I didn’t expect for the pork to have a stronger flavour or be darker in colour–but it is! Braden can tell when the pork is farm fresh or when it comes from a store just by tasting it now. Straight up–grocery store pork lacks flavour. We compare it to cardboard soaked in water.

In addition, I didn’t realize that the male piglets needed to be castrated in order to preserve their deliciousness because the testosterone will eventually taint the flavour of the meat! If you’ve ever tasted ‘boar-y’ meat–you know exactly what I’m talking about.

5. They Fucking Eat Everything

We fed our pigs a high protein diet, kitchen scraps, and excess eggs.

Pigs are omnivores, which means they eat plants and meat.

We fed our drift a daily ration which was a blend of barley, wheat, corn, peas, fava beans, oats, and sunflower seeds. The sunflower seeds made the feed smell divine, so I loved when the feed totes started coming with that added ingredient.

We also fed them table scraps including some left over meat (with the exception of pork, of course!) and any and all excess eggs that were about to spoil or that might have been a handful of days fertilized rather than tossing them in the garbage or compost. The pigs grazed for grass and weeds throughout the day as well.

That being said–keeping them well fed did not keep them from developing a taste for chicken and duck…live chicken and duck. Since our birds free range, they sometimes walked too close to the fence or they simply hopped in to the pig pen for a snack and they became the snack. May you rest in peace Howard, Prim, Lucy, and so many of my other feathered friends!

If you have pigs, be careful! They’re smart, strong, fast, and pigs have consumed human flesh in the past! The wrong pig + the wrong timing = you just never know.

6. They’re Excellent For Garden Prep

This little cutie came from a volunteer pumpkin plant in the old pig pen!

Because it’s natural to root while they forage, pigs are a great addition to readying a garden space! Many farmers and homesteaders actually rotate their pigs through their garden spaces to help their gardens thrive.

We only had one space for the pigs and one for the garden, but now that we’ve taken a break from raising pigs, we’ve planted in part of the pen and things are growing like crazy! We counted eight volunteer pumpkin plants in the very back pen, too, and although it totally makes sense after feeding them a crap-ton of Halloween pumpkins, I didn’t expect it.

Note: Manure can house a plethora of icky parasites in it, so it’s best to let it compost before using it in your garden.

7. Motherhood Isn’t For Every Sow

Dot gave birth to all twelve of these darlings! If you follow me on Instagram, you know this pretty much my favourite photo, ever. #sorrynotsorry

Motherhood doesn’t come naturally to every pig. Like people, each sow is different. I had one sow kill every one of her babies because she repeatedly laid on them and ignored their squeals. I had another farrow quickly and quietly but then she immediately abandoned her six piglets in favour of endless hours of sunbathing!

In that instance, I ended up intervening as a last resort, but we lost the two surviving piglets four days later because they didn’t get their mother’s colostrum which is vital to their survival.

Thankfully, we never had to intervene when it came to farrowing! Every one of our sows were total naturals when it came to giving birth! Fortunately, too, most of our sows were wonderful mothers. Dot’s farrow was quick! Start to finish it was only two hours long and she gave birth to thirteen healthy piglets and only lost one during the first night.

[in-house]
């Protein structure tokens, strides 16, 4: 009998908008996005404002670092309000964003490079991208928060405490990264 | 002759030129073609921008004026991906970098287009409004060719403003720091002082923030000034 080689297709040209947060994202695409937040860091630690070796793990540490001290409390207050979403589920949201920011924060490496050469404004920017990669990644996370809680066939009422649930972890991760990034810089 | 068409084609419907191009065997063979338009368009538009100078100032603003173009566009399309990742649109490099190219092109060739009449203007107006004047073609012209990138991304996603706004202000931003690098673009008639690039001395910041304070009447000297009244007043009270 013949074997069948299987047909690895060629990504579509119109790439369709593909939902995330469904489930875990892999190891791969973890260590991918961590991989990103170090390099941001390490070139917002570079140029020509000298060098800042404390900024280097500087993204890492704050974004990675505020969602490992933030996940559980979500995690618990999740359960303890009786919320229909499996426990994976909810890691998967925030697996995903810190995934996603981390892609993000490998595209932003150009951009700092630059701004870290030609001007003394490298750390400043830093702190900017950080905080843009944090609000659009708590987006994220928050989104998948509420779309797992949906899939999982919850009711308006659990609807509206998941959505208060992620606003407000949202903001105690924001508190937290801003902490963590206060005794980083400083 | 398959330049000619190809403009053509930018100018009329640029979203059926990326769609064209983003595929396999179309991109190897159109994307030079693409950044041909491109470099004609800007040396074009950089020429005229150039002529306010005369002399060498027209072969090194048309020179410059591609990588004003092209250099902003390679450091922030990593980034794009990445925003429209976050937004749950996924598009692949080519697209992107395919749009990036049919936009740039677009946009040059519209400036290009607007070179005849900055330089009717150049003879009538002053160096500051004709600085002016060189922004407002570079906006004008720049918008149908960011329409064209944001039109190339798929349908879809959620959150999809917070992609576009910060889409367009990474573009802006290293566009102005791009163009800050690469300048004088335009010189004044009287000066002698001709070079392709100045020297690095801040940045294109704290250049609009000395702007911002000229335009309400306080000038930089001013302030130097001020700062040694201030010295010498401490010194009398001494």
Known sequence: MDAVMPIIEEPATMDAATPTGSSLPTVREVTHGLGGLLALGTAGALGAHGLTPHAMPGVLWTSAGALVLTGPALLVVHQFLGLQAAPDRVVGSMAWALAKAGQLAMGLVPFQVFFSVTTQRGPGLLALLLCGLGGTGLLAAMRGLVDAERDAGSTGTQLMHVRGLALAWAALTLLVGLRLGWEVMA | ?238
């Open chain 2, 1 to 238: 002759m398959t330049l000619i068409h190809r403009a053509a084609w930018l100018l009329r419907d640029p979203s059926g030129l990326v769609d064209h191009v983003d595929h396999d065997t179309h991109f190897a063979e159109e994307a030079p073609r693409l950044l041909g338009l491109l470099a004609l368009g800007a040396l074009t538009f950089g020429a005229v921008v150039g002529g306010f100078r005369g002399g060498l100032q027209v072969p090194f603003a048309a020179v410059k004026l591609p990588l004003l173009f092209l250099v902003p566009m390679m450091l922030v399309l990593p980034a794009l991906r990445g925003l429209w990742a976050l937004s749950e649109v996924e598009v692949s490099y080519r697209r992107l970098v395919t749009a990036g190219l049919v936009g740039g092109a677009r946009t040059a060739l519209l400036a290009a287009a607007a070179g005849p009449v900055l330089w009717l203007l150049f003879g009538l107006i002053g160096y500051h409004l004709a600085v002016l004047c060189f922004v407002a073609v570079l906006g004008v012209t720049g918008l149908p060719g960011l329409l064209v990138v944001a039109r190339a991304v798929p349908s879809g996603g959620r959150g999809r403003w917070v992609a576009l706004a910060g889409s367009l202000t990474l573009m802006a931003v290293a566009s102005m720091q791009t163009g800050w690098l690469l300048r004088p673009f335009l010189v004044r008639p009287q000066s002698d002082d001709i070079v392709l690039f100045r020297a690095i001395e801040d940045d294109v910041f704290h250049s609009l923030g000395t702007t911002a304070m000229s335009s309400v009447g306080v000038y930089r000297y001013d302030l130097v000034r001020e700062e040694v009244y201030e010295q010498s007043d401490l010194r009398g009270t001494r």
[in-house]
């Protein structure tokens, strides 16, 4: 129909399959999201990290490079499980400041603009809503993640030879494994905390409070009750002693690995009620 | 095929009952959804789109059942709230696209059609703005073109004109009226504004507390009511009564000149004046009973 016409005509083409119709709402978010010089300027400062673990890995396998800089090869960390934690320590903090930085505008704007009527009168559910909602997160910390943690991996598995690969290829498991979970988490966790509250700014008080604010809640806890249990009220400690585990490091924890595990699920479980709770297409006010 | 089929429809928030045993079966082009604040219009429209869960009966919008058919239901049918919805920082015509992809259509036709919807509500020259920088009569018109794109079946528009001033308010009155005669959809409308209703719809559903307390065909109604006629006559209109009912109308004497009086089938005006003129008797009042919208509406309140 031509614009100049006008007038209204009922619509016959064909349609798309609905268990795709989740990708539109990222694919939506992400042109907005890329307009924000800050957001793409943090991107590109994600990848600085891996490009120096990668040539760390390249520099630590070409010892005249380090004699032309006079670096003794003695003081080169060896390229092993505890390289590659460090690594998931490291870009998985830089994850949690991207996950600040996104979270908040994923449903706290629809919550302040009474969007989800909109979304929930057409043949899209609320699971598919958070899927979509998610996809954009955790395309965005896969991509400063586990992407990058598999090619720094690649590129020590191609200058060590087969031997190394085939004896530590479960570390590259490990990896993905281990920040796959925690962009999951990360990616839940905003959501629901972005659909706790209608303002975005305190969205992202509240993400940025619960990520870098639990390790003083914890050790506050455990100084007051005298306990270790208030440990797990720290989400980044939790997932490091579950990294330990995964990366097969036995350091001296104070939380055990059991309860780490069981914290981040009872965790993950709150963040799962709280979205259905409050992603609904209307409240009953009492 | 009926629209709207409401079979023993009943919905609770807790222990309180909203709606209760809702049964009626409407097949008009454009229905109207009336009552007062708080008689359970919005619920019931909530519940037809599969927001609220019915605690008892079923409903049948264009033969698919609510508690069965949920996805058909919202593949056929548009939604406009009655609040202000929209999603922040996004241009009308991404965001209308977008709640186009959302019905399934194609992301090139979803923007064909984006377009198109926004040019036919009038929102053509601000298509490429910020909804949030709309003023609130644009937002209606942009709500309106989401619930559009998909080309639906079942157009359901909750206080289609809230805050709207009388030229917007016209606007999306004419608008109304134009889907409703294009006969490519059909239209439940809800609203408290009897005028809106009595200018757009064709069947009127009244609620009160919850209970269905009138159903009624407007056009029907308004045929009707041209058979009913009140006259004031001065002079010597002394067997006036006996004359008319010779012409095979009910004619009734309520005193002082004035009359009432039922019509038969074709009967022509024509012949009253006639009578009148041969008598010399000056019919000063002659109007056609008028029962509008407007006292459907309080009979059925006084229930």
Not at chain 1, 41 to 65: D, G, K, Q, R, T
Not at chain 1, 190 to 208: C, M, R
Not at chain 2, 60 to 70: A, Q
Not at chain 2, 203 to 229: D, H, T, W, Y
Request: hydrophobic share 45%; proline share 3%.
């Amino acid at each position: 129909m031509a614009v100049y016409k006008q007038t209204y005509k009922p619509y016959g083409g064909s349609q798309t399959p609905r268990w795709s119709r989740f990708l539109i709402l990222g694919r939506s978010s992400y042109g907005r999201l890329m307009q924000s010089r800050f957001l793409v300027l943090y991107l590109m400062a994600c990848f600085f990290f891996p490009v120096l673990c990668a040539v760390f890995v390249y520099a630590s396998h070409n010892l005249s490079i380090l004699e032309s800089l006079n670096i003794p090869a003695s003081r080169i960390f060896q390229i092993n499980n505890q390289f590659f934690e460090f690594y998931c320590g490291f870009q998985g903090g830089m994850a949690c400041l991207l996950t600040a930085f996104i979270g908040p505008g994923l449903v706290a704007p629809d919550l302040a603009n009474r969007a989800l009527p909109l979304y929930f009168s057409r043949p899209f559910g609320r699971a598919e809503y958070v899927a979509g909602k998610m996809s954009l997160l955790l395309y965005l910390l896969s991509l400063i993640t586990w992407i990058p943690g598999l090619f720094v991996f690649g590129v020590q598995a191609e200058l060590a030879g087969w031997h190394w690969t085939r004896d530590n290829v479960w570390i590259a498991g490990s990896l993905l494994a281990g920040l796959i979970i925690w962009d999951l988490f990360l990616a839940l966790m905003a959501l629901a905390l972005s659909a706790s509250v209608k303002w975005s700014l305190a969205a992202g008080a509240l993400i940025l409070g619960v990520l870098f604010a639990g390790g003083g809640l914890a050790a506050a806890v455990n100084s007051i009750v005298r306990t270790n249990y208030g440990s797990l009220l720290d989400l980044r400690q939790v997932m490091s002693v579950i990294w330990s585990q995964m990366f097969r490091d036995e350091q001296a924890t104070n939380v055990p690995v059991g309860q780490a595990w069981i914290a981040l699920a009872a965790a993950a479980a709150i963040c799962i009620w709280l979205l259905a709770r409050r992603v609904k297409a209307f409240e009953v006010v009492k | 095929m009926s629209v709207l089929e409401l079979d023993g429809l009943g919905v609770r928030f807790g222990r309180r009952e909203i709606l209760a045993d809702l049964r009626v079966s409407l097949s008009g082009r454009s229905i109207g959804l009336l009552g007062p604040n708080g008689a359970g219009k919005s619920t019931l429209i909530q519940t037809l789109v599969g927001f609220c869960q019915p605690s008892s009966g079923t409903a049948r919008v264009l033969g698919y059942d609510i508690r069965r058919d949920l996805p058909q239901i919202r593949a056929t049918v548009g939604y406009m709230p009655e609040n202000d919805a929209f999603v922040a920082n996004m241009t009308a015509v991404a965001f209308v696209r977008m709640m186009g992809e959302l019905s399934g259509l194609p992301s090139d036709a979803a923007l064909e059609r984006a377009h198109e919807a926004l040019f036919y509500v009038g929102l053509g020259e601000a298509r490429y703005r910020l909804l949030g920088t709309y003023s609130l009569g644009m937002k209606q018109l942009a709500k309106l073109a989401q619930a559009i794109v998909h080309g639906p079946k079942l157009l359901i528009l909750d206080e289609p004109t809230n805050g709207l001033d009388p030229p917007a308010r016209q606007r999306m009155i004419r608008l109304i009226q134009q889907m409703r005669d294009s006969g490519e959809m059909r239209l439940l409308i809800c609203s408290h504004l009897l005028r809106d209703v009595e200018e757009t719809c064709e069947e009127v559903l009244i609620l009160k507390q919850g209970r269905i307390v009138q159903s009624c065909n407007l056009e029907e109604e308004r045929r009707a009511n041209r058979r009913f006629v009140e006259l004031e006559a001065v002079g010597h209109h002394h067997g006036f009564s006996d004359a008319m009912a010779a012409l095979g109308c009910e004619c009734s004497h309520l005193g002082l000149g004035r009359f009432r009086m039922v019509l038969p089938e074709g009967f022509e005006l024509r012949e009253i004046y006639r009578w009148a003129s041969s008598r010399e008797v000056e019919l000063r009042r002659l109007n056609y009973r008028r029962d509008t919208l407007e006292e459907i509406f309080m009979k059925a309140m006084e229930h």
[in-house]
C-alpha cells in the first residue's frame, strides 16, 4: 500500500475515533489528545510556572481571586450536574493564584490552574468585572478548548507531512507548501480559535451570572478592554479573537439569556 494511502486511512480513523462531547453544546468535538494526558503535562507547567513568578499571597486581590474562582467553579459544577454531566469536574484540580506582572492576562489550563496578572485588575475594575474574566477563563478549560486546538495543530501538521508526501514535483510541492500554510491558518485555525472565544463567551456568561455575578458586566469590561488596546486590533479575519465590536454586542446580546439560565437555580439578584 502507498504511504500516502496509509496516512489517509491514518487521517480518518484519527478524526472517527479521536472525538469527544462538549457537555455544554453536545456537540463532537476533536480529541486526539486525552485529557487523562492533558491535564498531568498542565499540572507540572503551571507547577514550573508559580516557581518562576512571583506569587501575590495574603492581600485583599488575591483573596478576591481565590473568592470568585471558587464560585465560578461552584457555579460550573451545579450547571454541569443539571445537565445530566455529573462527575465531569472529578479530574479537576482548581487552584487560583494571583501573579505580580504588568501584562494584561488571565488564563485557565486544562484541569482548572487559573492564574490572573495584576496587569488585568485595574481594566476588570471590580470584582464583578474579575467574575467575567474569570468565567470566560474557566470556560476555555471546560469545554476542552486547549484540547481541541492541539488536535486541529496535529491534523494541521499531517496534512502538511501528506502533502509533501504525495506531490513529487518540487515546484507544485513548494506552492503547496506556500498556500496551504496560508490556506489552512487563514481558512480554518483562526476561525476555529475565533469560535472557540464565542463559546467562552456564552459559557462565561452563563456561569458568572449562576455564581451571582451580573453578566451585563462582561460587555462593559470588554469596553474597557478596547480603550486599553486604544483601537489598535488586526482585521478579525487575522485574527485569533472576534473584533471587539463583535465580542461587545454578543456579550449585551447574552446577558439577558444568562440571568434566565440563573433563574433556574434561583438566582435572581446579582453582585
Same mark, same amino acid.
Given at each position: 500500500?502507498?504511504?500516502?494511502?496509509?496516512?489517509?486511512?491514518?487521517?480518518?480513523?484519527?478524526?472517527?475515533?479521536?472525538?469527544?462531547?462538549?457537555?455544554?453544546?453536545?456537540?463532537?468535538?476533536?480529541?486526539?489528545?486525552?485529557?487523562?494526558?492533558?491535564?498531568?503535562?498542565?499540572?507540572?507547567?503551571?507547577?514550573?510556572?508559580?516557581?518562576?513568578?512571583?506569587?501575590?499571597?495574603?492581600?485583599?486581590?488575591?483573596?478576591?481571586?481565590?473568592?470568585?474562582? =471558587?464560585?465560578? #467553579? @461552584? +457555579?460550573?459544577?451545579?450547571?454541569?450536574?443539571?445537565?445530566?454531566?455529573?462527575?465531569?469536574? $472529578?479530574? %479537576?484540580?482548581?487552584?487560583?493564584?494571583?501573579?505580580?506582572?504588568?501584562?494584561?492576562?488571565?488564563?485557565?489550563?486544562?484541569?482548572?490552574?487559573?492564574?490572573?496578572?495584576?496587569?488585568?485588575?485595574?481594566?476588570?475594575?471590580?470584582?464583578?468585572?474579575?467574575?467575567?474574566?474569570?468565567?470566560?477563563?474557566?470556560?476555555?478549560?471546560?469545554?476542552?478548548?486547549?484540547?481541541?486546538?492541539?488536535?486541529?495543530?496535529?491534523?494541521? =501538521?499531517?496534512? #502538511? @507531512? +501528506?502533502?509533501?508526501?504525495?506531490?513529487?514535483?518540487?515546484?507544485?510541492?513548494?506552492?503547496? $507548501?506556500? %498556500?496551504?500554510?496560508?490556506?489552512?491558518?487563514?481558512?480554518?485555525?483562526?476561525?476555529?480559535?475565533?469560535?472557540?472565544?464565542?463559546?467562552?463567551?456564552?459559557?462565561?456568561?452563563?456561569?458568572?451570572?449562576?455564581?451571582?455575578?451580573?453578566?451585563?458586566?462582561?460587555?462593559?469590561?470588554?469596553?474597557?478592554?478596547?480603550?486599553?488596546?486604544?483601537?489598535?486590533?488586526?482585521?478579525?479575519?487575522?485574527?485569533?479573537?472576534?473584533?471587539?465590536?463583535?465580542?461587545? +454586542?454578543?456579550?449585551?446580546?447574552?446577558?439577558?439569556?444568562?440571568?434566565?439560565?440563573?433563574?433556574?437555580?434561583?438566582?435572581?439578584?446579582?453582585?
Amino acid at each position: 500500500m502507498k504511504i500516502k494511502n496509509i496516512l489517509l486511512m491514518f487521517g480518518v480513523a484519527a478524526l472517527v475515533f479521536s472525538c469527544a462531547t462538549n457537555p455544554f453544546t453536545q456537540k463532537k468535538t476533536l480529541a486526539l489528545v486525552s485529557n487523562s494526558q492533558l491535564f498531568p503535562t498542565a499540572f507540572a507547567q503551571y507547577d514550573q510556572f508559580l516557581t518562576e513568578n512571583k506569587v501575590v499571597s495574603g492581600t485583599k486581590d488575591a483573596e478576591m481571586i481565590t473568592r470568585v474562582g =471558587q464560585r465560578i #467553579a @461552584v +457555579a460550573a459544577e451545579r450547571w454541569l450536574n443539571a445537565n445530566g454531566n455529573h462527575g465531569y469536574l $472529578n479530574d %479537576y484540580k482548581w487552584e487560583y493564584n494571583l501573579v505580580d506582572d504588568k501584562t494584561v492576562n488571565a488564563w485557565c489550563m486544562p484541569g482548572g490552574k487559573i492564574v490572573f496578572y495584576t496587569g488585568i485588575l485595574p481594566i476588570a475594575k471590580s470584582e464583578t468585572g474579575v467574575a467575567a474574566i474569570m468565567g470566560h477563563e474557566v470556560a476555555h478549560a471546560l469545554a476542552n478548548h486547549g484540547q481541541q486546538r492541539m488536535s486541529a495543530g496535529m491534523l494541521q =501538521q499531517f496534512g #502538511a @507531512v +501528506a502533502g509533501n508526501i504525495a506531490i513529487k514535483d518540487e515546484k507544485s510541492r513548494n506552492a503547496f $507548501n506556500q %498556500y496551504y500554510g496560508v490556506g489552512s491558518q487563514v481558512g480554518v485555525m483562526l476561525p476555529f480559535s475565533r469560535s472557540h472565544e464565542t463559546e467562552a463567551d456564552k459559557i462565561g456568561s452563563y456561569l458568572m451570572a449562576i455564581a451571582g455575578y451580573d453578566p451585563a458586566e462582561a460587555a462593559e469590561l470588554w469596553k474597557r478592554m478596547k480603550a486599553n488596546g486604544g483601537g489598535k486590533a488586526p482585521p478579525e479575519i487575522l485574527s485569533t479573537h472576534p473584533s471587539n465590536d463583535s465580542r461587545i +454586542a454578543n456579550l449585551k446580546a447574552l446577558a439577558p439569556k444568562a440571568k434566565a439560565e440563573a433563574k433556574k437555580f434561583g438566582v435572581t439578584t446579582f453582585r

Farrowing is definitely exciting, over all. I loved seeing all the adorable little bacon seeds running and playing before they went to their new homes.

Fun fact! Sows happily nurse each and every piglet that wants to suckle, so my sows were kind of like sister wives taking care of each other’s young. It was pretty neat to see!

8. They Won’t Make You Rich

Penny’s piglets–Pancakes (left) and his sister Rosie.

If you plan to make a living as a pig farmer, think again, girl, because pigs cost a pretty penny to raise. What’s more, so many people are more than willing to sacrifice ethically raised, flavourful meat in lieu of the discounted garbage at their local grocery store to save money.

I get it. Times are hard. What’s important to one family is not important to another, and that is fine. This is just another point to consider if you’re thinking about raising and selling pork and hope to make a profit.

9. They’re Hardy!

Dot and her babies.

Heck yes–pigs are hardy! Throw them a couple bails of dry straw and give them some sort of shelter and they will survive even the coldest of Alberta winters!

Contrary to what some people believe, pigs do not need a heated shelter. They simply need enough straw to burrow in and something to block the wind. As long as you provide them with plenty of food and water–they’re golden!

That being said, farrowing in -30 is not a good idea without heat, so plan ahead to provide heat during a winter farrow or breed your pigs intentionally so that they farrow in warmer weather. Yes, this is a lesson we learned our first winter raising pigs when Sheniqua farrowed in -35 degree weather and lost every single one of her piglets immediately.

Piglets are born every bit as wet as a human baby, and anything wet in -35 temps doesn’t have much of a chance without heat. Yes, it was a hard lesson.

Boaris and Penny had a special relationship…

Well, folks–these are the biggest surprises we encountered when we decided to raise pigs for pork. I definitely could have lived without some of these surprises, especially the jizz-eating.

Hopefully you’ve learned something new here!

If you raise or have raised pigs, what surprised you? Leave a comment and let us know!

5 Replies to “9 Things That Surprised Me About Raising Pigs For Pork”

  1. Ahahahaha, yes Penny freaked the hell out of me; the little guys were ADORABLE; and – jizz eating? I am SO GLAD I missed that! 😖🤣

  2. Long time supporter, and thought I’d drop a comment.

    Your wordpress site is very sleek – hope you don’t mind me
    asking what theme you’re using? (and don’t mind if I steal it?


    I just launched my site –also built in wordpress like yours– but the theme slows (!) the site down quite a bit.

    In case you have a minute, you can find it by searching for “royal cbd” on Google (would appreciate any feedback)
    – it’s still in the works.

    Keep up the good work– and hope you all take care of yourself during the coronavirus scare!

    1. Hi Justin! Thank you for the comment! Your site looks great! The theme I’m using is Twenty Seventeen. I know, I know, not one of the awesome paid themes, but it works for me. Stay safe, Friend.

      – Kayla